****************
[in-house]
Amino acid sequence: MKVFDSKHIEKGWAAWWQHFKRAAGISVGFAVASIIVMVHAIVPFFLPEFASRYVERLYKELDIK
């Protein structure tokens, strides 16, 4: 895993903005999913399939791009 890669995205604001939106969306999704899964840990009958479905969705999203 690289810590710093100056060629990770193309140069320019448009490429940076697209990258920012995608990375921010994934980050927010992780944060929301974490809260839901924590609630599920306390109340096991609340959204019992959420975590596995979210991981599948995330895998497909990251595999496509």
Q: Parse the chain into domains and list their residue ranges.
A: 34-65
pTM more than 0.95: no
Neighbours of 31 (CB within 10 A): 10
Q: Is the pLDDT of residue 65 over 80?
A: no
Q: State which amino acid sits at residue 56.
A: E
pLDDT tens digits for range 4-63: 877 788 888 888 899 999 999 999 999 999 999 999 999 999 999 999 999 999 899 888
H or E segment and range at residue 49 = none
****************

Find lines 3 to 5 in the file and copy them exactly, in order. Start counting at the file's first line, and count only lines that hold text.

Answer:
């Protein structure tokens, strides 16, 4: 895993903005999913399939791009 890669995205604001939106969306999704899964840990009958479905969705999203 690289810590710093100056060629990770193309140069320019448009490429940076697209990258920012995608990375921010994934980050927010992780944060929301974490809260839901924590609630599920306390109340096991609340959204019992959420975590596995979210991981599948995330895998497909990251595999496509």
Q: Parse the chain into domains and list their residue ranges.
A: 34-65